Art. II, section 3, of the Constitution announces that the president “shall take Care that the Laws be faithfully executed.”
But what does that mean in the context of the current immigration law/action appealed to the Supreme Court?
That is, what mandates really derive from this apparent command? There are generally five categories of executive power at work. And even though one might become president upon certain legal or political realities, the president cannot execute presidential power until he has taken the prescribed oath [Art. II, section 3, cl. 7], which is why Chief Justice Roberts had to re-administer, in the middle of the night, the oath he botched when Obama commenced his second term.
So, what are those powers of the president that might require “faithful” execution? First, there is the executive power that the Constitution expressly confers on the President by the opening and succeeding clauses of article II; then there is the sum total of the powers that Congress assigns to the President; then there are the discretionary powers that Congress confers on heads of departments and other executive agencies; then there is the power implicit in the duty to enforce federal criminal statutes; then there are certain “ministerial duties” which might not invite discretion in their execution.
But since he is sworn to uphold the Constitution, the ultimate “faithful” execution of the laws by the president is faithfulness regarding the limits of the Constitution and its assignment of power in a limited Republic.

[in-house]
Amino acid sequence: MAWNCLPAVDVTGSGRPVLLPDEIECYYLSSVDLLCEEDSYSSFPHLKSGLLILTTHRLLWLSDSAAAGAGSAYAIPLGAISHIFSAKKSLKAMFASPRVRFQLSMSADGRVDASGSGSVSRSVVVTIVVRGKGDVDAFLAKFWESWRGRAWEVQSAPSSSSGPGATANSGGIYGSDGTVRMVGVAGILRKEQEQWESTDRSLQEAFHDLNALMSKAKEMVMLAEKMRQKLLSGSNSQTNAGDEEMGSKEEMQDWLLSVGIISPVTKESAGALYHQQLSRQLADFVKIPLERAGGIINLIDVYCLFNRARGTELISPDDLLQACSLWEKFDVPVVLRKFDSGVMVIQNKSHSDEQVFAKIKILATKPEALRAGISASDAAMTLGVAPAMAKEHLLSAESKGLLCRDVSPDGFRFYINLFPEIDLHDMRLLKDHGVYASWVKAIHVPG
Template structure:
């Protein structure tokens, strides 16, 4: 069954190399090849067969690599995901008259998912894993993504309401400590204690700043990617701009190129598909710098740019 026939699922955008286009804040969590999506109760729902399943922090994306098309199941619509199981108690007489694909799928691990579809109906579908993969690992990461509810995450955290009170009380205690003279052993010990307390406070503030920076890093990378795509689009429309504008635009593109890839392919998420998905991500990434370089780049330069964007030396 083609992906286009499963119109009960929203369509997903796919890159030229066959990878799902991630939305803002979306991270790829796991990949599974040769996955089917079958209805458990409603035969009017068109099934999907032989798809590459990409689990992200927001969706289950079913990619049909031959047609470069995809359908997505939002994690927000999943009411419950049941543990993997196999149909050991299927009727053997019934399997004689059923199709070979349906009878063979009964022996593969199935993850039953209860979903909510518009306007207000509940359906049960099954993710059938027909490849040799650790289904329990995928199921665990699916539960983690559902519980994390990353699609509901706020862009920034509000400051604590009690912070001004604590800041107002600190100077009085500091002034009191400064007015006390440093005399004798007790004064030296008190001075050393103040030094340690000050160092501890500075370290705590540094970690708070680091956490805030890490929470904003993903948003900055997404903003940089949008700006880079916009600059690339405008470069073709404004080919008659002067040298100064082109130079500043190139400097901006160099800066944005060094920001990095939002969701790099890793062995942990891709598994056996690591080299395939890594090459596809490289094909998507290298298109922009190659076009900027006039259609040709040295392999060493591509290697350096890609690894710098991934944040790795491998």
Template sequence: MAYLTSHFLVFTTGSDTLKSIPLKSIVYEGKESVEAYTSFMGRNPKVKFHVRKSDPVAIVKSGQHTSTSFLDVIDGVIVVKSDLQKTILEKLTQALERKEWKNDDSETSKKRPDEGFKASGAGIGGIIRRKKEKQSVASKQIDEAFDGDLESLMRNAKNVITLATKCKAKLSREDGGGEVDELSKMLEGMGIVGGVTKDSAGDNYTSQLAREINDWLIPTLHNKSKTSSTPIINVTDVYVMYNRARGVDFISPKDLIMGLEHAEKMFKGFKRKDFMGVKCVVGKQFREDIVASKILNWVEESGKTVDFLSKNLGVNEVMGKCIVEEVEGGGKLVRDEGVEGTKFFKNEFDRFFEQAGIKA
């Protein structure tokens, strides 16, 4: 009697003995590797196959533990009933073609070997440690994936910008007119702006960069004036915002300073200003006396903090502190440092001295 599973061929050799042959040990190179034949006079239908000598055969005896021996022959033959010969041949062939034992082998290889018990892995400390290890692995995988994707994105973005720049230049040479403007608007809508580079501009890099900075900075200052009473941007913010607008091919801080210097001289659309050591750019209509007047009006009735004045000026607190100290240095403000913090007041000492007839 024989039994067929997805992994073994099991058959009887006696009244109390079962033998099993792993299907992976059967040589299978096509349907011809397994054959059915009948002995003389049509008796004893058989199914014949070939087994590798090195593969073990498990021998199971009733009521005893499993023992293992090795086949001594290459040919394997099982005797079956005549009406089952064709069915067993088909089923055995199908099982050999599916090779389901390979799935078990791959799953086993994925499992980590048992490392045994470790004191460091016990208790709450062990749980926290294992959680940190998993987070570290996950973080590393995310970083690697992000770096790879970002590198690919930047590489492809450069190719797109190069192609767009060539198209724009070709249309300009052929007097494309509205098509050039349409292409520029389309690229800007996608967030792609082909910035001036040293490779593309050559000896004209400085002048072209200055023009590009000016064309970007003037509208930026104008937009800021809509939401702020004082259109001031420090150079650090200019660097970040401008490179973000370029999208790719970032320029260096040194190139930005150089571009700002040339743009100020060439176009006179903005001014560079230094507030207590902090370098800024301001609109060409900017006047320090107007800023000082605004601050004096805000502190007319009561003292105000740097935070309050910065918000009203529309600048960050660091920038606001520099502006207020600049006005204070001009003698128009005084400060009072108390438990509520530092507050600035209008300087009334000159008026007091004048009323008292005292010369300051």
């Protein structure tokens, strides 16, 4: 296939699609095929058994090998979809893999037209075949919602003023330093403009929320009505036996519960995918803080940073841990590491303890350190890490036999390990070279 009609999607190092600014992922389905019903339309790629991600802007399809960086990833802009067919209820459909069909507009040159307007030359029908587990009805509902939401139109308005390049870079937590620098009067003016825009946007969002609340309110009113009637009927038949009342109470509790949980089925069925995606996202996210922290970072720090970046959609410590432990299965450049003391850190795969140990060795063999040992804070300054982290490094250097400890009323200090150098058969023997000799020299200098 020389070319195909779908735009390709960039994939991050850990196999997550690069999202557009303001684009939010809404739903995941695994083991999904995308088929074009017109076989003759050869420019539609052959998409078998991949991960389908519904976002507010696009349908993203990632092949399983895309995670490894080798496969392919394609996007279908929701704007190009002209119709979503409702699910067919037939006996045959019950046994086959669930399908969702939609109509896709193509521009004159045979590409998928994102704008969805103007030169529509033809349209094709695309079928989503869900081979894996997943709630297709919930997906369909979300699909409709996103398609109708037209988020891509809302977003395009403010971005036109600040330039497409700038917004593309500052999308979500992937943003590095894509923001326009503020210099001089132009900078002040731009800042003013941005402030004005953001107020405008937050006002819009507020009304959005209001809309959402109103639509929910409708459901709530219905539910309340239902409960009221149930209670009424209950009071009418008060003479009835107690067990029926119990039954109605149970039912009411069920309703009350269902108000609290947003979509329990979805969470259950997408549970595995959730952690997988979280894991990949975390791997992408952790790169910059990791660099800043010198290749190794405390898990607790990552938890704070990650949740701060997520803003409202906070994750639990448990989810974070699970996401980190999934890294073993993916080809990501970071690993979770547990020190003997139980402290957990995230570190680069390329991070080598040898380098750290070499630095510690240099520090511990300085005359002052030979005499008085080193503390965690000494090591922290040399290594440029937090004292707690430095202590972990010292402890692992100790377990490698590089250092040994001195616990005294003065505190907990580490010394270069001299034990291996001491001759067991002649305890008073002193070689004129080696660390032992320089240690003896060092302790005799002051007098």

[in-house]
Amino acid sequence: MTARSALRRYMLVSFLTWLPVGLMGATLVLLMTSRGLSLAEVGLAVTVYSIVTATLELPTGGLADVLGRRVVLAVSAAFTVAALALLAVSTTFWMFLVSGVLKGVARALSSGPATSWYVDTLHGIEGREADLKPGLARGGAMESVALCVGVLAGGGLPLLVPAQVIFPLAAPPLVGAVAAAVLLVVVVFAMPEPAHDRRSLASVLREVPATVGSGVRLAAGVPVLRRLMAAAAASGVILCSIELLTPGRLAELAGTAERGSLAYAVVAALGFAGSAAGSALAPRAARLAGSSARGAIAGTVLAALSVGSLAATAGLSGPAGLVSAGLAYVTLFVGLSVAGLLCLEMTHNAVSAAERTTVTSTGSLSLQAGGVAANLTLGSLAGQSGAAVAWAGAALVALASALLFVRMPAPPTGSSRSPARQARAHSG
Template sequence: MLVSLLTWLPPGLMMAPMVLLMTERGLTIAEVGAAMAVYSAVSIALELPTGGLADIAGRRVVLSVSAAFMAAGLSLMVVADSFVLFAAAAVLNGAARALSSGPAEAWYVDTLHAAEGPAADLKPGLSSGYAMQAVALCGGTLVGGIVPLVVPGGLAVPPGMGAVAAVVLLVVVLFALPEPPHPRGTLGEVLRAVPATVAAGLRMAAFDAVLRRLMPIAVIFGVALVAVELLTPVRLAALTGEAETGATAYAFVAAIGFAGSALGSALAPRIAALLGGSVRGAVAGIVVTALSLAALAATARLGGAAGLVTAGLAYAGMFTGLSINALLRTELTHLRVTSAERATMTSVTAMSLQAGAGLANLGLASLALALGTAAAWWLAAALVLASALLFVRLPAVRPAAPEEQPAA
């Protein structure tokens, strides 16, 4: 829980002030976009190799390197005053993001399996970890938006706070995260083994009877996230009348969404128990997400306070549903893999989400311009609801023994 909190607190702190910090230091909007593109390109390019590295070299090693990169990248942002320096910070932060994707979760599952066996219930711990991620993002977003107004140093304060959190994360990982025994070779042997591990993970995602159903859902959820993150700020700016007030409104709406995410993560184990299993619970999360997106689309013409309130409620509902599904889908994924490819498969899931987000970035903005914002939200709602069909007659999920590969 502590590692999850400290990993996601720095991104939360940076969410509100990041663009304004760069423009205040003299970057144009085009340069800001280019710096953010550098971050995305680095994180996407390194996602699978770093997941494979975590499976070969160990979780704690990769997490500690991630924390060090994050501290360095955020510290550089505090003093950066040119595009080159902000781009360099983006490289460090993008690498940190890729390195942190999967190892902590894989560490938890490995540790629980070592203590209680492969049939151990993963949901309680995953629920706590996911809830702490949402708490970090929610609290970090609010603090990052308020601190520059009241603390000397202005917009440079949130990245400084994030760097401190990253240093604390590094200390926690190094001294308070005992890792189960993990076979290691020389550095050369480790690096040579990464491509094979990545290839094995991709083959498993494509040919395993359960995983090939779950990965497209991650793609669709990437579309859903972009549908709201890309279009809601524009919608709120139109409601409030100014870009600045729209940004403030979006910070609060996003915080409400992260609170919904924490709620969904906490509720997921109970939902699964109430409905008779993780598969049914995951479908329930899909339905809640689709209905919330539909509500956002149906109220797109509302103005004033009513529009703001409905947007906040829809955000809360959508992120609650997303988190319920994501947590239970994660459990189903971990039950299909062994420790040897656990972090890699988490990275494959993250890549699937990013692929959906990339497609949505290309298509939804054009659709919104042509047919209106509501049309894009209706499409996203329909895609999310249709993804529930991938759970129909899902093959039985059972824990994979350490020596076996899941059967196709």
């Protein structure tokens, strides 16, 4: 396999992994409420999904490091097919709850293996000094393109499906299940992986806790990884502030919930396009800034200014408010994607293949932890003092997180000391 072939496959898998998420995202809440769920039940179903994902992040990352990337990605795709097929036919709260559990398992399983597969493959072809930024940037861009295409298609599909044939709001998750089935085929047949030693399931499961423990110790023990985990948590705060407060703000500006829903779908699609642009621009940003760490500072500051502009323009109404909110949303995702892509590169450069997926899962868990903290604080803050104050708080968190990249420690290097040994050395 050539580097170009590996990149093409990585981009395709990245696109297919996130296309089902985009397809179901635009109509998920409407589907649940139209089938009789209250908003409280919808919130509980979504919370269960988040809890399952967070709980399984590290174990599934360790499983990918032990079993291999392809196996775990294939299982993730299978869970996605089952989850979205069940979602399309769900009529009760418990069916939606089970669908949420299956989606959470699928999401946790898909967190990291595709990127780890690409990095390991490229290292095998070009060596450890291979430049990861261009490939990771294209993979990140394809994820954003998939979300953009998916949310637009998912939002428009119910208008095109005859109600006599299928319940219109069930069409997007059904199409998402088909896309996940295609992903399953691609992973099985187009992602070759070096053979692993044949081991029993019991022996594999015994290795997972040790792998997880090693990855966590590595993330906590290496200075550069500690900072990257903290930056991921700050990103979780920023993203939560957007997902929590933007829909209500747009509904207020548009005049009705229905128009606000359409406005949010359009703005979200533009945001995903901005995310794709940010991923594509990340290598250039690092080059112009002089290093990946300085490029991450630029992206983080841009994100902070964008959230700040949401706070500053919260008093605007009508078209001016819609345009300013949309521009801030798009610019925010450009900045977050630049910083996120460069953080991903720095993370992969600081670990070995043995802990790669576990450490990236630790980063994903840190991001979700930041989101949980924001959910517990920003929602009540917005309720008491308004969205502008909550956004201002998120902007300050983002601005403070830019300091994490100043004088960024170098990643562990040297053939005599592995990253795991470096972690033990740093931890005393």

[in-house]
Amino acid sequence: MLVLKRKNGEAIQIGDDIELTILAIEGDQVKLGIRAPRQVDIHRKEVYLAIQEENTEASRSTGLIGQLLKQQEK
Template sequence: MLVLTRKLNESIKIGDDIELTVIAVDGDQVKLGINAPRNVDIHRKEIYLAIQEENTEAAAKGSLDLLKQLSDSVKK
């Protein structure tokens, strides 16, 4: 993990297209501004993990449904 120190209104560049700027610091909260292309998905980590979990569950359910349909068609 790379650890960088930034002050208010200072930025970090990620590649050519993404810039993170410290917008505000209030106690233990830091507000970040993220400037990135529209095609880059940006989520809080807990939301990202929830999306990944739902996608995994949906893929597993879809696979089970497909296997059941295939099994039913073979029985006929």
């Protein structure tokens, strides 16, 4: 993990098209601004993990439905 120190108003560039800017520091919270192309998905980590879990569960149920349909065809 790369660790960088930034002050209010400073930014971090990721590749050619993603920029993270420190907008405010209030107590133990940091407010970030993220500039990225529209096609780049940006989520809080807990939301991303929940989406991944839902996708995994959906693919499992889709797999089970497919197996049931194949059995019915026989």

The irony of Obama deferring congressional mandates regarding certain immigration policies, or refusing to execute them at all, is that he could be credited with being a true originalist by that action/inaction. You see, the Framers did not confer upon Congress a general power over immigration policies. Contrary to popular mythology, fanned by the ignorance about the Constitution that runs rampant in the populace [and its courts], the Congress is expressly empowered “To establish a uniform Rule of Naturalization” [Art. I, section 8], but nowhere was it empowered to generally regulate immigration, writ large. And since the subject matter was touched upon by the naturalization clause, the inference is powerful, in the constitutional construction norm of expressio unius exclusio alterius est, that Congress does not have any other power over immigration.
So, even though the Fifth Circuit case that is being appealed to the Supreme Court focused on the Administrative Procedures Acts issue regarding the executive action over immigration policies and left for another day the “faithfully executes” clause issue, if it is raised in the Supreme Court action, the so-called originalists there will have a political/philosophical problem of the magnitude of the constitutional mess they gave us with Bush v. Gore.
That is, if Congress has no legitimate power over immigration generally, then Obama is being “faithful” to his duties under the Constitution is refusing to heed illegal congressional mandates, and in refusing to wait for further illegal assistance from Congress.
Ah, yes: Obama the originalist! I am sure Scalia, Thomas, and Alito are having…, well, fun with that! They have an unexpected ally!